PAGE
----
Every quarter, beginning in the middle dead week, student course surveys are made available for students to complete. These anonymous surveys are conducted online and are administered by the Academic Administration Office.
From the survey website: “Attention: If your survey is set to anonymous there is really no way to connect answers and participants. Even the admin can't link answers' data and users' data. However you will always be able to specifically view all answers entered by a certain anonymous individual participant in the survey. Thus individual, but anonymous, statistics is still possible to do.”
Here is a copy of the survey displaying the questions.
Courses with five or more students enrolled are selected for the survey process. Courses such as labs, practicums, and courses with fewer than five students are not surveyed. Professors are given a copy of the results at the end of the survey period.
We understand rating your courses may seem tedious, but your professors really do appreciate the feedback, whether it conveys praise or constructive criticism. You are encouraged to give as much written feedback as possible. Below are just a few testimonies from professors explaining some changes that were made based on course surveys they received.
“I have ditched and replaced textbooks in two different courses based, in part, on feedback I received from student course surveys. This worked to my future students' benefit!”
“Students' comments in course surveys have reminded me of the value of integrating spiritual discussions into topics we address in class.”
“I believe the course surveys have provided feedback that has allowed me to continually improve my courses. For instance, last year in General Psychology I had an activity in which students spent around 5 minutes teaching material to their group that only they had prepared ahead of time from a book of readings on myths. Afterwards I randomly selected several students to answer questions about this material in front of the entire class. Students received points for themselves and their group based on the judged adequacy of their answers. The course survey showed a number of students unhappy with this process (e.g. feelings of anxiety about being chosen to speak up in front of the large class and fear that they would let their group down). This quarter I discontinued this activity and instead give a short quiz over the material after the peer teaching portion. So far, it seems to have worked better. I guess we’ll see after the next course survey!”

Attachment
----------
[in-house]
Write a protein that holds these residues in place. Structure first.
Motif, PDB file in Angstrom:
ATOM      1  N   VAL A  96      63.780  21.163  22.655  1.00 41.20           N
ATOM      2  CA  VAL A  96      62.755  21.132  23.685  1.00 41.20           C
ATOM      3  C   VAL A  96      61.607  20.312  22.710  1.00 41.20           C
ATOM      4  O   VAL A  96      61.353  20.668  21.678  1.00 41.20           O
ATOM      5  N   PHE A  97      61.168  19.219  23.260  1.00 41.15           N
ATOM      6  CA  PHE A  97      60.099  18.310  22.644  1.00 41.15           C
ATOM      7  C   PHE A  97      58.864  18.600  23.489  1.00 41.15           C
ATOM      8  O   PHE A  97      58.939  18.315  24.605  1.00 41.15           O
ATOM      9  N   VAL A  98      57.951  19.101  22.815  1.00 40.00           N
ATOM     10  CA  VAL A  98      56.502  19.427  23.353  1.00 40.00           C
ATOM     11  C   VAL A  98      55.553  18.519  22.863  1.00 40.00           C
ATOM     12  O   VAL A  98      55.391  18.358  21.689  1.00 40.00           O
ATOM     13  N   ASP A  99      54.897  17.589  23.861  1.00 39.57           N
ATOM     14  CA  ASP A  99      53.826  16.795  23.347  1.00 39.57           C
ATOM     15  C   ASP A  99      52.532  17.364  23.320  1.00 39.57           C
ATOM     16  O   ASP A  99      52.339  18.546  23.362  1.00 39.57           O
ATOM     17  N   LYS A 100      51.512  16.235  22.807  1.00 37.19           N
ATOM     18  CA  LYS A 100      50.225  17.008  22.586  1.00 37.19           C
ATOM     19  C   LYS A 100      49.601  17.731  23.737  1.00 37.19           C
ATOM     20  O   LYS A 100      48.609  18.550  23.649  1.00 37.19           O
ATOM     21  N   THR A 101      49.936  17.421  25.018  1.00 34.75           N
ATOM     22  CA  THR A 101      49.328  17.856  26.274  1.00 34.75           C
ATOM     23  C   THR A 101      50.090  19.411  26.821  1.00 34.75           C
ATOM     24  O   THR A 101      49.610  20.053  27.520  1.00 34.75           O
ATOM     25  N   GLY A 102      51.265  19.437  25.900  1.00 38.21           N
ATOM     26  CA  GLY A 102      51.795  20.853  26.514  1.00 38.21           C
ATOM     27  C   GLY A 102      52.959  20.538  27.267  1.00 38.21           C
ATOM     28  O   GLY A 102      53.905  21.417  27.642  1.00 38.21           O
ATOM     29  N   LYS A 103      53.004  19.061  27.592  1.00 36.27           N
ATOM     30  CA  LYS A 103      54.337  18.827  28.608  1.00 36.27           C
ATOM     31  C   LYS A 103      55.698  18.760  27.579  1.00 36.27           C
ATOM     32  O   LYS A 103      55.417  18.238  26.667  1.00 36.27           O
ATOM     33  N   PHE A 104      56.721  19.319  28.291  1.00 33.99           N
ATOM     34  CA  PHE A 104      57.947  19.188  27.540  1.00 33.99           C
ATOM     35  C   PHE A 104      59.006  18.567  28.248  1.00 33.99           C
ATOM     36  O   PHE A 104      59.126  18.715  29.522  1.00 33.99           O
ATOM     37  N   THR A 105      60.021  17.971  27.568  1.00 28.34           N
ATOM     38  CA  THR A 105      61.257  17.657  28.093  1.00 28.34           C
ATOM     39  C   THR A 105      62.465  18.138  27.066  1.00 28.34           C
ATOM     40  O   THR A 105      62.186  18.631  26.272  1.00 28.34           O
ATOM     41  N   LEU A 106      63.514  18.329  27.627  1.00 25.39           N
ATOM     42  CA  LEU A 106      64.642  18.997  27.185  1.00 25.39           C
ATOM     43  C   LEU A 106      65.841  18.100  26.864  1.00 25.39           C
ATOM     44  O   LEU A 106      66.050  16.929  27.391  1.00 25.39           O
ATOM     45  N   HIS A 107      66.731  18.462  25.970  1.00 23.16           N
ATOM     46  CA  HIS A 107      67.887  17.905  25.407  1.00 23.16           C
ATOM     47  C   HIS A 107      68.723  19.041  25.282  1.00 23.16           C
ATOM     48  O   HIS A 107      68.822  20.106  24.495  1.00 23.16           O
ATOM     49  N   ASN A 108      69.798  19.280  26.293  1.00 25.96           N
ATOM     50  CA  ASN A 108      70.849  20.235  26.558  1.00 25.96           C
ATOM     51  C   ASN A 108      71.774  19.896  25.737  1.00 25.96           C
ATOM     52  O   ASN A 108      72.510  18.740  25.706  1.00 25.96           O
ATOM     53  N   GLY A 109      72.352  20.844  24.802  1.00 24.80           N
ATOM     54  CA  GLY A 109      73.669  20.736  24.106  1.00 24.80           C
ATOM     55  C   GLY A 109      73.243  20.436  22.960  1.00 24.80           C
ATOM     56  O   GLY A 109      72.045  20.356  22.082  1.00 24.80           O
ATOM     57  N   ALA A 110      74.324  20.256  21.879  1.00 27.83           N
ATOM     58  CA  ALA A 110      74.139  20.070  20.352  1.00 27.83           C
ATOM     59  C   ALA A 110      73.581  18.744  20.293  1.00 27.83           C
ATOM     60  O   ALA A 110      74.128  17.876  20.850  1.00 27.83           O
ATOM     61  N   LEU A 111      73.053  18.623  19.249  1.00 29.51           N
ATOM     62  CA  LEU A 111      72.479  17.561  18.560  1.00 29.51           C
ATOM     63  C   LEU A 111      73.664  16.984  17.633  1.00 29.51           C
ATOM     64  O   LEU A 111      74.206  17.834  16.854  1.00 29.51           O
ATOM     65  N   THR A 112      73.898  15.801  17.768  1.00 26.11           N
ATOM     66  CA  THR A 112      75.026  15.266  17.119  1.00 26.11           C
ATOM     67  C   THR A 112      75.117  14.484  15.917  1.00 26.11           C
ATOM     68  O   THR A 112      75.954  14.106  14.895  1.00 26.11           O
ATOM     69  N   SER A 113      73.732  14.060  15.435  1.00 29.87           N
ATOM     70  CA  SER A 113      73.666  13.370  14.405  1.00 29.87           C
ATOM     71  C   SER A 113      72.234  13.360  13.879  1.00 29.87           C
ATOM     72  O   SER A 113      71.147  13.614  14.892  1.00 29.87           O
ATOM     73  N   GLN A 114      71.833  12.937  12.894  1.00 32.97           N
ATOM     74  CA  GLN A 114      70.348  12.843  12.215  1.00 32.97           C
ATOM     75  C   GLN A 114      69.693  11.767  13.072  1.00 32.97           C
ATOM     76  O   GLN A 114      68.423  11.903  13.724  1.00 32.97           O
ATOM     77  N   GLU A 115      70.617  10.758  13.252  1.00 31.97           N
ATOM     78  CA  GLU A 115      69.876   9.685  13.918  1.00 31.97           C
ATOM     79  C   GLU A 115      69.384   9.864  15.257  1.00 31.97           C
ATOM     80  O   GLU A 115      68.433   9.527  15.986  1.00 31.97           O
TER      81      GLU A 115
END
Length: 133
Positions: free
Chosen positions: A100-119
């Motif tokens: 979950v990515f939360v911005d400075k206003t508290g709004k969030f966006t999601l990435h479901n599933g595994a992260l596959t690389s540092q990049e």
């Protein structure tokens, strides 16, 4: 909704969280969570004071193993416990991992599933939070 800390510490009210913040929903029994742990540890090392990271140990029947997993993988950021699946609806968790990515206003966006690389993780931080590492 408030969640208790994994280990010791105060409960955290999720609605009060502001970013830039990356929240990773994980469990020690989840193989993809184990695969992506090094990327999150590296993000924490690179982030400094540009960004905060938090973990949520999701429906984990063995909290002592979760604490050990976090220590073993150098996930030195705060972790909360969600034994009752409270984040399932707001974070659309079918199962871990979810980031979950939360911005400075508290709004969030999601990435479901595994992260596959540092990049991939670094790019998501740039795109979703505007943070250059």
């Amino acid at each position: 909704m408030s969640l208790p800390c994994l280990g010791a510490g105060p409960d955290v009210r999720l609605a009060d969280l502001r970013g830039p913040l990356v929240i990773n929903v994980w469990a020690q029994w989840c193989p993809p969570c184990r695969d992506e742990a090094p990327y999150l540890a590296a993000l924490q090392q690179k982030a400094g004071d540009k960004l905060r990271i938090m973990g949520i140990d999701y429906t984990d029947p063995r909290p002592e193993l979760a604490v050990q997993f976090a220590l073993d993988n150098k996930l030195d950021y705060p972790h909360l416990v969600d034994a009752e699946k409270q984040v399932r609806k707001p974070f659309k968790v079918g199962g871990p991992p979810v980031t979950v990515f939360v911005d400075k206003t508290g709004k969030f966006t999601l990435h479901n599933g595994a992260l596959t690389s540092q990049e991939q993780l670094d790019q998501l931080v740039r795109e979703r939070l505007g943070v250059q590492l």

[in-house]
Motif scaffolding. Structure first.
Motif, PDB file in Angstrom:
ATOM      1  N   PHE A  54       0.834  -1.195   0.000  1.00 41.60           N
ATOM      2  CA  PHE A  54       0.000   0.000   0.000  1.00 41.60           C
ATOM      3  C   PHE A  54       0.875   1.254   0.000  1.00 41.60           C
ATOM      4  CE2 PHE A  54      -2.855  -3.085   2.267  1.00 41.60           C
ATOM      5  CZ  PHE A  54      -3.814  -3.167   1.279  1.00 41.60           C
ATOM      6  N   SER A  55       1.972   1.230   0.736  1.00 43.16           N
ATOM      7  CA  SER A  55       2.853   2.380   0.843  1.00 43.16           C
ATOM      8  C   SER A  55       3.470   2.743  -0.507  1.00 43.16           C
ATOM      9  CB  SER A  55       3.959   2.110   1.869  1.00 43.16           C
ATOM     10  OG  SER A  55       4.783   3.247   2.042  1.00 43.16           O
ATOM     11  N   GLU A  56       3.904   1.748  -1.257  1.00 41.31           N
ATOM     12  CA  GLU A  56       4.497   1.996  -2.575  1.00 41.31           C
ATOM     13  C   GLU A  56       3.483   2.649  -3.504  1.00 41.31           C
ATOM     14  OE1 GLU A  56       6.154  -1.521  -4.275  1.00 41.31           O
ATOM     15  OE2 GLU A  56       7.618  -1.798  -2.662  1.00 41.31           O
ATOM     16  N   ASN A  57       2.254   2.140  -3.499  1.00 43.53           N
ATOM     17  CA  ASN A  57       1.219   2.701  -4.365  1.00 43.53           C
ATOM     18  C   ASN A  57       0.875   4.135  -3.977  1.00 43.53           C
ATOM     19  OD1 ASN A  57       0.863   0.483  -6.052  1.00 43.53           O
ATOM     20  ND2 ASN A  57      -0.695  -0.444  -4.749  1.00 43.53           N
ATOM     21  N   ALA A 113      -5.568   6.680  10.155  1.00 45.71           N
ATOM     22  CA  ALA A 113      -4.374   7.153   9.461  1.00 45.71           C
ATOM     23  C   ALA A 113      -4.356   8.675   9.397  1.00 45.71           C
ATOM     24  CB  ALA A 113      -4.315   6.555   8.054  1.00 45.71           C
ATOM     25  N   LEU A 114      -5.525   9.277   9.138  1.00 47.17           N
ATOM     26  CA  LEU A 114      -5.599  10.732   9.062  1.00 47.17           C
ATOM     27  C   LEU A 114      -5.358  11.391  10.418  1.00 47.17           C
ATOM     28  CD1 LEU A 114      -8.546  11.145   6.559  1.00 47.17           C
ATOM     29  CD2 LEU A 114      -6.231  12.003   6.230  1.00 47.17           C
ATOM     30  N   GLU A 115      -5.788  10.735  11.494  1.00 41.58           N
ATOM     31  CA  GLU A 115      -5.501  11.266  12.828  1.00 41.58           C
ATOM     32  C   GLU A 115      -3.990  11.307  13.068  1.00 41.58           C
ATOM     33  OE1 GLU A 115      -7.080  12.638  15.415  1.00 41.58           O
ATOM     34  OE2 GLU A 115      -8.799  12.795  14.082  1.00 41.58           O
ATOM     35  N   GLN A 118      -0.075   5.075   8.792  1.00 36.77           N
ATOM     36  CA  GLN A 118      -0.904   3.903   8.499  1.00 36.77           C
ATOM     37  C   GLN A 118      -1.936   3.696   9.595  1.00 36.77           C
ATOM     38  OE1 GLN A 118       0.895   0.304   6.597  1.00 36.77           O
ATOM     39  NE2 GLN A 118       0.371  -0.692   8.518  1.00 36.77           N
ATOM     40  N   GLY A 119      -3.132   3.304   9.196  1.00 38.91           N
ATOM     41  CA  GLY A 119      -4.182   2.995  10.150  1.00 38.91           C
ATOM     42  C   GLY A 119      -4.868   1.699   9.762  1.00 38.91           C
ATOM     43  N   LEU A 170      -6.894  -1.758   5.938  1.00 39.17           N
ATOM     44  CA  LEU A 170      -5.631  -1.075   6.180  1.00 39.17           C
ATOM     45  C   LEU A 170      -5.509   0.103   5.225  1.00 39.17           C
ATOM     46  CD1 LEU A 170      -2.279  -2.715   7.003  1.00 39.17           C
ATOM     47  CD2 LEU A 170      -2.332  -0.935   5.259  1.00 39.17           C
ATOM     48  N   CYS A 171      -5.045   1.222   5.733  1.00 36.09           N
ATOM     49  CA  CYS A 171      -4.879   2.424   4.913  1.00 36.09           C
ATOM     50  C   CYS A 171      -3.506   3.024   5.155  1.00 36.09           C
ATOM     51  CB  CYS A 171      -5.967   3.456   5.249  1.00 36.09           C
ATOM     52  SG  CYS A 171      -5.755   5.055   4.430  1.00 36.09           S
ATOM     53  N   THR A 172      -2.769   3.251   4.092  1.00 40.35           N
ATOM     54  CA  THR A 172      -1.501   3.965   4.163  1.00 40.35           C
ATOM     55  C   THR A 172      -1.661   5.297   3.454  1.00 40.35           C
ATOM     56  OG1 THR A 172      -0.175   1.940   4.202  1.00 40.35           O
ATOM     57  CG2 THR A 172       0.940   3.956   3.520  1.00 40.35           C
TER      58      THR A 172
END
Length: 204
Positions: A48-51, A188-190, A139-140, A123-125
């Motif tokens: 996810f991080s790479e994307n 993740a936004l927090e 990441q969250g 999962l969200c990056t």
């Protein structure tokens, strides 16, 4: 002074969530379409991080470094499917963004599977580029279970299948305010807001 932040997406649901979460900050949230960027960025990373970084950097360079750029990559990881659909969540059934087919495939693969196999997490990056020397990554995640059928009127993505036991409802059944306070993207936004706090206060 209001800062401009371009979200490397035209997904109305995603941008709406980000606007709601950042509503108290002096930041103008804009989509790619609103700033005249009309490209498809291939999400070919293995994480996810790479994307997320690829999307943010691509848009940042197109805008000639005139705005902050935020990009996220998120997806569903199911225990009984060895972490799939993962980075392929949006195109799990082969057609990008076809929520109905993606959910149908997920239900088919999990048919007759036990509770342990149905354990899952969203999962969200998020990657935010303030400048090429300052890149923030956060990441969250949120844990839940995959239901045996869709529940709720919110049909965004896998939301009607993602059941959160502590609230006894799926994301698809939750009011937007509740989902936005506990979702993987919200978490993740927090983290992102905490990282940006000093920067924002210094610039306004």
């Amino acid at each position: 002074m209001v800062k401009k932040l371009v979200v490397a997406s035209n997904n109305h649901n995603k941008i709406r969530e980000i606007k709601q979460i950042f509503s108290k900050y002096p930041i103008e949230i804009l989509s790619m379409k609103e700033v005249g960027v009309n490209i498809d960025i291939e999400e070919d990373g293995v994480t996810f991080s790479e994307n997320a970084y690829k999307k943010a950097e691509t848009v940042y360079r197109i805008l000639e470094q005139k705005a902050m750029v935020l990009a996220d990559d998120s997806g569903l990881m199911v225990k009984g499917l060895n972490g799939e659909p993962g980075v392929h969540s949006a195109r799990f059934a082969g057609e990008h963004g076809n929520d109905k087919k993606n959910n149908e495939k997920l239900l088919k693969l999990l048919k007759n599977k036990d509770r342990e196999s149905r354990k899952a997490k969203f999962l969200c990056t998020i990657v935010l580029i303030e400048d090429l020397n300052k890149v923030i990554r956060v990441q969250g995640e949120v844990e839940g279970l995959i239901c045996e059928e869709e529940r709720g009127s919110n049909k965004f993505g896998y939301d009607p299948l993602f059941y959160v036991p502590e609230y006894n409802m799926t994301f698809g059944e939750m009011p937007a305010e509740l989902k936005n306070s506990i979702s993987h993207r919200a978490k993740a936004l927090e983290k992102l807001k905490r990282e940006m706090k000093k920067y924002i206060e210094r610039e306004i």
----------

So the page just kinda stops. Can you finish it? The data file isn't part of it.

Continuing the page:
“When grading papers for my students, I chose to leave audio feedback for them on Canvas, instead of leaving traditional written feedback. My students told me they appreciated that when they filled out their course surveys. I plan to continue using the audio comments in Canvas as a way to help my students achieve on their assignments.”
It's always therapeutic for me to hear the positive along with the negative about a course. It helps in planning for that course the next time it's taught. Some students would rather share their concerns and praises in this fashion instead of a face-to-face meeting with the instructor, so I encourage all my students to participate and "VOTE"!
If you have any questions please contact the Academic Administration Office at Ext. 7103 or by email at firstname.lastname@example.org. Remember, even if you are satisfied with the class it is very important that we get your feedback so that the results will be balanced and accurate.
The Office of Academic Administration
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